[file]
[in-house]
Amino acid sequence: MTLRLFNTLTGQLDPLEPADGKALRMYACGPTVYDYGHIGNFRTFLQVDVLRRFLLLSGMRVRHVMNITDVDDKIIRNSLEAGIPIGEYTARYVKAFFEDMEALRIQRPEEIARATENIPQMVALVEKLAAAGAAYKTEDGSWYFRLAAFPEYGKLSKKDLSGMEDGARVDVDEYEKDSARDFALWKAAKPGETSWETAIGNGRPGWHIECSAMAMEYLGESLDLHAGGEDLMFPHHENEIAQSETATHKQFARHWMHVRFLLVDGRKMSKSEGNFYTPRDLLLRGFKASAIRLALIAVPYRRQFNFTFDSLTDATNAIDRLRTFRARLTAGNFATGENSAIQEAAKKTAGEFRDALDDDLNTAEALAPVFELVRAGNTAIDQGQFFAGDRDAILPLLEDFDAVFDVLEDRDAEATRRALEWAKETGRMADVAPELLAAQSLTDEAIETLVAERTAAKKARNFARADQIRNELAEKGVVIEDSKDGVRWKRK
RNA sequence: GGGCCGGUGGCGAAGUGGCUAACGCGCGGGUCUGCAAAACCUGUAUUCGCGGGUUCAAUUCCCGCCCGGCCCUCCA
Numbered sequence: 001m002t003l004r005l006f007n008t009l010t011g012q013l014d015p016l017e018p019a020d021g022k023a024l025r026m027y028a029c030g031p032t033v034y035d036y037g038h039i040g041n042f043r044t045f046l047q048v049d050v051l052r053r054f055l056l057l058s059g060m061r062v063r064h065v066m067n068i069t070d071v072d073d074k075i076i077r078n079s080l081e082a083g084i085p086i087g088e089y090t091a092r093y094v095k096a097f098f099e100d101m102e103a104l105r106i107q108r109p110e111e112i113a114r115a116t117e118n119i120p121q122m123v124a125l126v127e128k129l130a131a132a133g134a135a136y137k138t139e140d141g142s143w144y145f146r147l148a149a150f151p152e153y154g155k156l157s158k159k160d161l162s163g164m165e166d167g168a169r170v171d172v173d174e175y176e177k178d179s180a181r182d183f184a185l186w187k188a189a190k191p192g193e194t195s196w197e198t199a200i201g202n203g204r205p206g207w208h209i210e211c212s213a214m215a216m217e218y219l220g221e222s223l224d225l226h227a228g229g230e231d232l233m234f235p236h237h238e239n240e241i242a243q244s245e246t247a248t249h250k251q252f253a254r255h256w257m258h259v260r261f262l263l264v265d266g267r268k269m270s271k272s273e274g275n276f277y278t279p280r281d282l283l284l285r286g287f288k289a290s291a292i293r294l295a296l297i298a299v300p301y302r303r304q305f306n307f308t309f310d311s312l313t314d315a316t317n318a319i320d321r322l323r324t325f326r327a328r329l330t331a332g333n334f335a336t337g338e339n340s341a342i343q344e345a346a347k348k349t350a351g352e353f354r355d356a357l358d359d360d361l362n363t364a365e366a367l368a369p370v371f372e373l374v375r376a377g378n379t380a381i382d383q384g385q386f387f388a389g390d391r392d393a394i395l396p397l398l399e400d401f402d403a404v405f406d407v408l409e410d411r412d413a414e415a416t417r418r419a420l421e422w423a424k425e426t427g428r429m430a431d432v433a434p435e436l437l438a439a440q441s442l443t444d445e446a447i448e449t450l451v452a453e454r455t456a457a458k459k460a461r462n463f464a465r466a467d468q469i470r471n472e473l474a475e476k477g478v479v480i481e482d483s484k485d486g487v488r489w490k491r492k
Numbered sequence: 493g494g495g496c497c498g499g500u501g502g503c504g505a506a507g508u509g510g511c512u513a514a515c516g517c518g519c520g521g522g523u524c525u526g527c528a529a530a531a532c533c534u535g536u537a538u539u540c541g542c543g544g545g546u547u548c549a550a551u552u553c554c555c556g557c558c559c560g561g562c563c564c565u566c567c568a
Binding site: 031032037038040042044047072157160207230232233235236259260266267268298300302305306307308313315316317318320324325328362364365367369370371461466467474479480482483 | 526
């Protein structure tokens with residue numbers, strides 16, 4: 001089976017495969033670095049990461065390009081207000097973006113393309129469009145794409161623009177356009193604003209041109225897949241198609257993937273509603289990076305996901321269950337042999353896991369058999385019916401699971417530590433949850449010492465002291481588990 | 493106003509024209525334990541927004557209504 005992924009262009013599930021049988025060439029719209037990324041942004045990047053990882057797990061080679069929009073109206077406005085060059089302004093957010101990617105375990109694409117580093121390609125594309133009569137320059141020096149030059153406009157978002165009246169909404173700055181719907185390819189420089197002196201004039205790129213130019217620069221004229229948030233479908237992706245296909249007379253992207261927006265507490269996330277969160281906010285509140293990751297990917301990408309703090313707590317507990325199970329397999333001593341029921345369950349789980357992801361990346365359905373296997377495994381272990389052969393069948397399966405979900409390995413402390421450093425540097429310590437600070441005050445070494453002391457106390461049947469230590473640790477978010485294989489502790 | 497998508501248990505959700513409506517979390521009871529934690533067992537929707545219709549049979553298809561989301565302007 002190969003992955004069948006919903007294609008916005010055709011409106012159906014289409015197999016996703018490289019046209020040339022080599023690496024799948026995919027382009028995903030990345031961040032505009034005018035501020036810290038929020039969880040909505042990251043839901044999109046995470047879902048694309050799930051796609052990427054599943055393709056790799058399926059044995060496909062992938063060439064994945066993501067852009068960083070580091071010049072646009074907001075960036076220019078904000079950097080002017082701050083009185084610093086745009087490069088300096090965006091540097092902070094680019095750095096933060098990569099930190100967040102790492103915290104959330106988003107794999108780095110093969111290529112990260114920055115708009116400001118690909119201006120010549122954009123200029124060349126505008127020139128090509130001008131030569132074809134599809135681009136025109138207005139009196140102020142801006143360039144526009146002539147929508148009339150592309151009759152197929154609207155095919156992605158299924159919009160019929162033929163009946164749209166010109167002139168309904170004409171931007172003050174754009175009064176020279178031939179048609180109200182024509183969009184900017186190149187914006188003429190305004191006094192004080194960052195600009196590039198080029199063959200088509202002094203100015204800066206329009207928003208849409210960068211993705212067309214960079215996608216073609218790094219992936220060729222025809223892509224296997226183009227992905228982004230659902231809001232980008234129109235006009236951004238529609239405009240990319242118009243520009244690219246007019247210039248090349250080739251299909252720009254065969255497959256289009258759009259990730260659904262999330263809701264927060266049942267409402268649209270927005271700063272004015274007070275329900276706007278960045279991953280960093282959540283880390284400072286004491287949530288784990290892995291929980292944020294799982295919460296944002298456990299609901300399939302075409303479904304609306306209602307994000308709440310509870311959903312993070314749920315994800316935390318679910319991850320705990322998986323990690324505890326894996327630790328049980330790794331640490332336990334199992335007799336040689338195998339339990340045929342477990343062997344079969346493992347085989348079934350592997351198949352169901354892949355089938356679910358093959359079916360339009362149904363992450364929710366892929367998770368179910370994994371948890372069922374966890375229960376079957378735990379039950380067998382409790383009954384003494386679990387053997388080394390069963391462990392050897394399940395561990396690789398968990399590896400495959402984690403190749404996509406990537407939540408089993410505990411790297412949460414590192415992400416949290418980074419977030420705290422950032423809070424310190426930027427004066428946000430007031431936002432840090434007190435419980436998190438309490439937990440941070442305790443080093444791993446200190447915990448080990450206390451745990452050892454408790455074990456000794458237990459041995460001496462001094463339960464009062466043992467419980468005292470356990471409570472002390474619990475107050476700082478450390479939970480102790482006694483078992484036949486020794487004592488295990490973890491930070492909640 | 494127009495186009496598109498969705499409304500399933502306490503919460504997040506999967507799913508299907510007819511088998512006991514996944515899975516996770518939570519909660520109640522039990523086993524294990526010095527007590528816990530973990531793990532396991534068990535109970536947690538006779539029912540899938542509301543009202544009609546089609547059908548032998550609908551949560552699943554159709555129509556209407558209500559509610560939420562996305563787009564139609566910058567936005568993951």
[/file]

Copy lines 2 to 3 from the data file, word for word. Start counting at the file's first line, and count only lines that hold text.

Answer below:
Amino acid sequence: MTLRLFNTLTGQLDPLEPADGKALRMYACGPTVYDYGHIGNFRTFLQVDVLRRFLLLSGMRVRHVMNITDVDDKIIRNSLEAGIPIGEYTARYVKAFFEDMEALRIQRPEEIARATENIPQMVALVEKLAAAGAAYKTEDGSWYFRLAAFPEYGKLSKKDLSGMEDGARVDVDEYEKDSARDFALWKAAKPGETSWETAIGNGRPGWHIECSAMAMEYLGESLDLHAGGEDLMFPHHENEIAQSETATHKQFARHWMHVRFLLVDGRKMSKSEGNFYTPRDLLLRGFKASAIRLALIAVPYRRQFNFTFDSLTDATNAIDRLRTFRARLTAGNFATGENSAIQEAAKKTAGEFRDALDDDLNTAEALAPVFELVRAGNTAIDQGQFFAGDRDAILPLLEDFDAVFDVLEDRDAEATRRALEWAKETGRMADVAPELLAAQSLTDEAIETLVAERTAAKKARNFARADQIRNELAEKGVVIEDSKDGVRWKRK
RNA sequence: GGGCCGGUGGCGAAGUGGCUAACGCGCGGGUCUGCAAAACCUGUAUUCGCGGGUUCAAUUCCCGCCCGGCCCUCCA